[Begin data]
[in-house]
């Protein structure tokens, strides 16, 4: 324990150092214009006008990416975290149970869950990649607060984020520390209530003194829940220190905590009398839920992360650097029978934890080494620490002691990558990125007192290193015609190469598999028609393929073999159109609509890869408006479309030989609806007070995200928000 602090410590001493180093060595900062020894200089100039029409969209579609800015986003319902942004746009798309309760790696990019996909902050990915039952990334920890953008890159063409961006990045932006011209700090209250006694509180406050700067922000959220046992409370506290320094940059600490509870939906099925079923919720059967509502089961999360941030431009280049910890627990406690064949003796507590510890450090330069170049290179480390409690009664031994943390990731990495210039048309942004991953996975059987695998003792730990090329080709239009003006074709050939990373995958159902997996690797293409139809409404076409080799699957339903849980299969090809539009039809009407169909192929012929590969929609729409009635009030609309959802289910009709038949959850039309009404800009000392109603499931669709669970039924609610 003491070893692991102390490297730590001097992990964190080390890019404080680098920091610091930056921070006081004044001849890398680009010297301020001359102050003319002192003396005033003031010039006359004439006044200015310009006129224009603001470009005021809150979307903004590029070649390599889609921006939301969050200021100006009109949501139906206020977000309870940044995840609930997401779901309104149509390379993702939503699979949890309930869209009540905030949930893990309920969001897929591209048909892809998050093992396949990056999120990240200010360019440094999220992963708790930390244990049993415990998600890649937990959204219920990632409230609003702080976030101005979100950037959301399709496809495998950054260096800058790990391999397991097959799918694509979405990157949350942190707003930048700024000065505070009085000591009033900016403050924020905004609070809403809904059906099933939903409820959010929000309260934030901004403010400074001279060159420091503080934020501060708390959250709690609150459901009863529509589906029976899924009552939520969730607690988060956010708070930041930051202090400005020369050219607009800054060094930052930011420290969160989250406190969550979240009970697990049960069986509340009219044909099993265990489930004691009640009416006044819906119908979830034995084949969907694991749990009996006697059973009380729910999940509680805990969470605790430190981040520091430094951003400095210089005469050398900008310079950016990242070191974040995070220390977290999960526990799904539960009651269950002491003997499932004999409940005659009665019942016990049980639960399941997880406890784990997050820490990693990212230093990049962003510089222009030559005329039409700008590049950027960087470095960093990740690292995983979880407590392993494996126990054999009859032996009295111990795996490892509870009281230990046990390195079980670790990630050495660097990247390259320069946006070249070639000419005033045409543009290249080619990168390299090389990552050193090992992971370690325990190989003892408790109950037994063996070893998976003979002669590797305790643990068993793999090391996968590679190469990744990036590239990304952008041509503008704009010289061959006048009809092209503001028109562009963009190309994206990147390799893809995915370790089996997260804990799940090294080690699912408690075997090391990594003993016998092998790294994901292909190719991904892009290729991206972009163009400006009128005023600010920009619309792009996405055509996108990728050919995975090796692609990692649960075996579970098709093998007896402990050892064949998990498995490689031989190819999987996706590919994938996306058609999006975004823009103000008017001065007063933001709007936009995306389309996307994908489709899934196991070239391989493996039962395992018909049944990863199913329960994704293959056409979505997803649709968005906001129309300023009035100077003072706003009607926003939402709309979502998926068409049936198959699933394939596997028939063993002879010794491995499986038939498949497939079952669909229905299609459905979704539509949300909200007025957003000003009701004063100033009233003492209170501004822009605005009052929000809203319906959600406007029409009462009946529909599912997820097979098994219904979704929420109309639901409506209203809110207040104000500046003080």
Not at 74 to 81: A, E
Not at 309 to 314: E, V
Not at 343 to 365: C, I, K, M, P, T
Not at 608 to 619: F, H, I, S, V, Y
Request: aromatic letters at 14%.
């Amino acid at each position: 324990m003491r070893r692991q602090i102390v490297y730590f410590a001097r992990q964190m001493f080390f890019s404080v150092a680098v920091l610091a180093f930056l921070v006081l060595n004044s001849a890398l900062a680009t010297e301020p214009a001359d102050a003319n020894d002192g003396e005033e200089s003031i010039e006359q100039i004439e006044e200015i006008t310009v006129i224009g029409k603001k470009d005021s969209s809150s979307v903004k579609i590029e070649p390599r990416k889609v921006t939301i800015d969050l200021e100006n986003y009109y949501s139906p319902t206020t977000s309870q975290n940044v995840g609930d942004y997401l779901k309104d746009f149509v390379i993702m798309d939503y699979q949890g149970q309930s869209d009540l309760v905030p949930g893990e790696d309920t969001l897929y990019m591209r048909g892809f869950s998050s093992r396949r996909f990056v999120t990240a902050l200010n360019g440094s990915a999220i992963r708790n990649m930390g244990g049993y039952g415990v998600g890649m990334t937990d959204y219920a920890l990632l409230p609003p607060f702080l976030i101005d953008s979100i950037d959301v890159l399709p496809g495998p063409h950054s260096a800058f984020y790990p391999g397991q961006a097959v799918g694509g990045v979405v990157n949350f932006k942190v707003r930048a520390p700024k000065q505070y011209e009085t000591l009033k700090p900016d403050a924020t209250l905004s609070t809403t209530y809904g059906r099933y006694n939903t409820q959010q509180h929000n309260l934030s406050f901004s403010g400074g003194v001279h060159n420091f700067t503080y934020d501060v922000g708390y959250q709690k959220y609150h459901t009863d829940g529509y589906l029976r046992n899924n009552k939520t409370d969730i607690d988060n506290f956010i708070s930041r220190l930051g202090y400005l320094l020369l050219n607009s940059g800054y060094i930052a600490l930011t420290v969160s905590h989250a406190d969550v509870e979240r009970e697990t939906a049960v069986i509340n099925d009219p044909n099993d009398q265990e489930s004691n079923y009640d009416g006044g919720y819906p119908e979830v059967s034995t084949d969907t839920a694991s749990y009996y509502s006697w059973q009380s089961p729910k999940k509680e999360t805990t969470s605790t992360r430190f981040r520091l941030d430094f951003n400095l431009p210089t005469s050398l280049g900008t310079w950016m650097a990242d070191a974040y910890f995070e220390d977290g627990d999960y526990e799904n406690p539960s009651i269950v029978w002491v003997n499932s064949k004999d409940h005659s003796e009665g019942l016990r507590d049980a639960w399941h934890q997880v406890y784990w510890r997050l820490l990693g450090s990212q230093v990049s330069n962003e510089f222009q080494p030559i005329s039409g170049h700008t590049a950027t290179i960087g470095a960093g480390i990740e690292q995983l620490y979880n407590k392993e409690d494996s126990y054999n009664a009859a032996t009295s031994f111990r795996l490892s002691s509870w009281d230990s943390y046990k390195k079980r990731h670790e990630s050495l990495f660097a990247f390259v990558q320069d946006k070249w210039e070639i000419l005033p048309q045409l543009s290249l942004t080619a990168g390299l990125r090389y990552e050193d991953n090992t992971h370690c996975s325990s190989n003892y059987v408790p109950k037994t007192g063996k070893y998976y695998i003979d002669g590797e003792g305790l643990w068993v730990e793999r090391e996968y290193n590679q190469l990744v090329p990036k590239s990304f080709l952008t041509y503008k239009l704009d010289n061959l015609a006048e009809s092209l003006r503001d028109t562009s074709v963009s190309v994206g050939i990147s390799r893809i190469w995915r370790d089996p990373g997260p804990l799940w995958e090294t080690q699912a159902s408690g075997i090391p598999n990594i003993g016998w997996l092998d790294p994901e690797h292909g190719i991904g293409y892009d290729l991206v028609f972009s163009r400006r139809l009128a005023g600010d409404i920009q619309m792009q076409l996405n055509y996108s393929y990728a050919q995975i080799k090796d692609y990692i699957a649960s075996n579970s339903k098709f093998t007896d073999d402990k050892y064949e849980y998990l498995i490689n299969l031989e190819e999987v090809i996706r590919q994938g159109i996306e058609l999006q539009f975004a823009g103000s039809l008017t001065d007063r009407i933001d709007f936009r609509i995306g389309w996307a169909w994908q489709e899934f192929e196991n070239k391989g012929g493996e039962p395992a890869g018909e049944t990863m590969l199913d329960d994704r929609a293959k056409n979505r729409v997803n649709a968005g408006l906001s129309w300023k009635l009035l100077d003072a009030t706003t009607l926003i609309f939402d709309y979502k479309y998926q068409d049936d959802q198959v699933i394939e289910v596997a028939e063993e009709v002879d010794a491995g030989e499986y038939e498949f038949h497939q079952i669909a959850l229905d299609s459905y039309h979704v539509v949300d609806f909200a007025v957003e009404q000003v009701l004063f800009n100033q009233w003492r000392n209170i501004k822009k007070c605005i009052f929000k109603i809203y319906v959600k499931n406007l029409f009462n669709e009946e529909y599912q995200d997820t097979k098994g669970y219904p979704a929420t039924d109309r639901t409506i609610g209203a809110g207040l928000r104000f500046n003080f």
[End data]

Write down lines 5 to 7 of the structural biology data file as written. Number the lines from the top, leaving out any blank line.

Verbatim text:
Not at 343 to 365: C, I, K, M, P, T
Not at 608 to 619: F, H, I, S, V, Y
Request: aromatic letters at 14%.